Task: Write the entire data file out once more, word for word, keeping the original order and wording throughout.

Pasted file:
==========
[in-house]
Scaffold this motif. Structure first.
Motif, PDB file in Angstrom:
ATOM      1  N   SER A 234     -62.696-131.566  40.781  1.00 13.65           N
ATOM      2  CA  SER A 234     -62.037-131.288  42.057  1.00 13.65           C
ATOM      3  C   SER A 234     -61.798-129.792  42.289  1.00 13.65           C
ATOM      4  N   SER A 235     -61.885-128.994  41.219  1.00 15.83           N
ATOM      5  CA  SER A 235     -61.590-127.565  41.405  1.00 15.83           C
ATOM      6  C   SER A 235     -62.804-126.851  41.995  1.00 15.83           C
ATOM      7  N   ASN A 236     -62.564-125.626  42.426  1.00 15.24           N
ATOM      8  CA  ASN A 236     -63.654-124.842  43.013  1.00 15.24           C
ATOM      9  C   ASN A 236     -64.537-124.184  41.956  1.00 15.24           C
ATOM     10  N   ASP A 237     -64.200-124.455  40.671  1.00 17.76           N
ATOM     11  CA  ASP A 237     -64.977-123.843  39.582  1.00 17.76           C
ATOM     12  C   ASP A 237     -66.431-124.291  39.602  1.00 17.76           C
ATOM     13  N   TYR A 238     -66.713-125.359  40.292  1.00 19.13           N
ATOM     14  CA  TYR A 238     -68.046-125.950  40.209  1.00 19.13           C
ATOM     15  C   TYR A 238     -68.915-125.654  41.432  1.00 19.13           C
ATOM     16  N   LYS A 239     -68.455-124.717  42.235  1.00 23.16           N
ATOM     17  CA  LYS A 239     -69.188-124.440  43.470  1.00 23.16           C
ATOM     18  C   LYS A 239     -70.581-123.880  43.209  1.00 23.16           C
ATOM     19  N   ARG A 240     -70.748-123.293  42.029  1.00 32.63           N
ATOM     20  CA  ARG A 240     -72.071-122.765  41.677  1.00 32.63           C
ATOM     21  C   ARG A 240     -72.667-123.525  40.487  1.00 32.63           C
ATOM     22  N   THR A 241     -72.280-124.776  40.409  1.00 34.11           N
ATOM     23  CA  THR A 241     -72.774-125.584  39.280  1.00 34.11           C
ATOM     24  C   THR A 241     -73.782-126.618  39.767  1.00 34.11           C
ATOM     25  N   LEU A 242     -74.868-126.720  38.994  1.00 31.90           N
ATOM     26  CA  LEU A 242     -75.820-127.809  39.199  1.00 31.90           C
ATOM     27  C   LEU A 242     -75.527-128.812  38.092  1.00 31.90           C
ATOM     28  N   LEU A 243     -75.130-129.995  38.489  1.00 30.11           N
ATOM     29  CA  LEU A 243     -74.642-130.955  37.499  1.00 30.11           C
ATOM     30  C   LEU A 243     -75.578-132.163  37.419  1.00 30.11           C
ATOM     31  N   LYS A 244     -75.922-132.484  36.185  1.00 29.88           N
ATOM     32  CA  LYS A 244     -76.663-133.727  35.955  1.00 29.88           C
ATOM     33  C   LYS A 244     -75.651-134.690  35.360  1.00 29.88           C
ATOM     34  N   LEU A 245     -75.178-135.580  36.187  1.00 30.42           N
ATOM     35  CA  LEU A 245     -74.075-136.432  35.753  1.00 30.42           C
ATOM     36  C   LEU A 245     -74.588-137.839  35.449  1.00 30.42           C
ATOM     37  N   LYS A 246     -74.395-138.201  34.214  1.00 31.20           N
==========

[in-house]
Scaffold this motif. Structure first.
Motif, PDB file in Angstrom:
ATOM      1  N   SER A 234     -62.696-131.566  40.781  1.00 13.65           N
ATOM      2  CA  SER A 234     -62.037-131.288  42.057  1.00 13.65           C
ATOM      3  C   SER A 234     -61.798-129.792  42.289  1.00 13.65           C
ATOM      4  N   SER A 235     -61.885-128.994  41.219  1.00 15.83           N
ATOM      5  CA  SER A 235     -61.590-127.565  41.405  1.00 15.83           C
ATOM      6  C   SER A 235     -62.804-126.851  41.995  1.00 15.83           C
ATOM      7  N   ASN A 236     -62.564-125.626  42.426  1.00 15.24           N
ATOM      8  CA  ASN A 236     -63.654-124.842  43.013  1.00 15.24           C
ATOM      9  C   ASN A 236     -64.537-124.184  41.956  1.00 15.24           C
ATOM     10  N   ASP A 237     -64.200-124.455  40.671  1.00 17.76           N
ATOM     11  CA  ASP A 237     -64.977-123.843  39.582  1.00 17.76           C
ATOM     12  C   ASP A 237     -66.431-124.291  39.602  1.00 17.76           C
ATOM     13  N   TYR A 238     -66.713-125.359  40.292  1.00 19.13           N
ATOM     14  CA  TYR A 238     -68.046-125.950  40.209  1.00 19.13           C
ATOM     15  C   TYR A 238     -68.915-125.654  41.432  1.00 19.13           C
ATOM     16  N   LYS A 239     -68.455-124.717  42.235  1.00 23.16           N
ATOM     17  CA  LYS A 239     -69.188-124.440  43.470  1.00 23.16           C
ATOM     18  C   LYS A 239     -70.581-123.880  43.209  1.00 23.16           C
ATOM     19  N   ARG A 240     -70.748-123.293  42.029  1.00 32.63           N
ATOM     20  CA  ARG A 240     -72.071-122.765  41.677  1.00 32.63           C
ATOM     21  C   ARG A 240     -72.667-123.525  40.487  1.00 32.63           C
ATOM     22  N   THR A 241     -72.280-124.776  40.409  1.00 34.11           N
ATOM     23  CA  THR A 241     -72.774-125.584  39.280  1.00 34.11           C
ATOM     24  C   THR A 241     -73.782-126.618  39.767  1.00 34.11           C
ATOM     25  N   LEU A 242     -74.868-126.720  38.994  1.00 31.90           N
ATOM     26  CA  LEU A 242     -75.820-127.809  39.199  1.00 31.90           C
ATOM     27  C   LEU A 242     -75.527-128.812  38.092  1.00 31.90           C
ATOM     28  N   LEU A 243     -75.130-129.995  38.489  1.00 30.11           N
ATOM     29  CA  LEU A 243     -74.642-130.955  37.499  1.00 30.11           C
ATOM     30  C   LEU A 243     -75.578-132.163  37.419  1.00 30.11           C
ATOM     31  N   LYS A 244     -75.922-132.484  36.185  1.00 29.88           N
ATOM     32  CA  LYS A 244     -76.663-133.727  35.955  1.00 29.88           C
ATOM     33  C   LYS A 244     -75.651-134.690  35.360  1.00 29.88           C
ATOM     34  N   LEU A 245     -75.178-135.580  36.187  1.00 30.42           N
ATOM     35  CA  LEU A 245     -74.075-136.432  35.753  1.00 30.42           C
ATOM     36  C   LEU A 245     -74.588-137.839  35.449  1.00 30.42           C
ATOM     37  N   LYS A 246     -74.395-138.201  34.214  1.00 31.20           N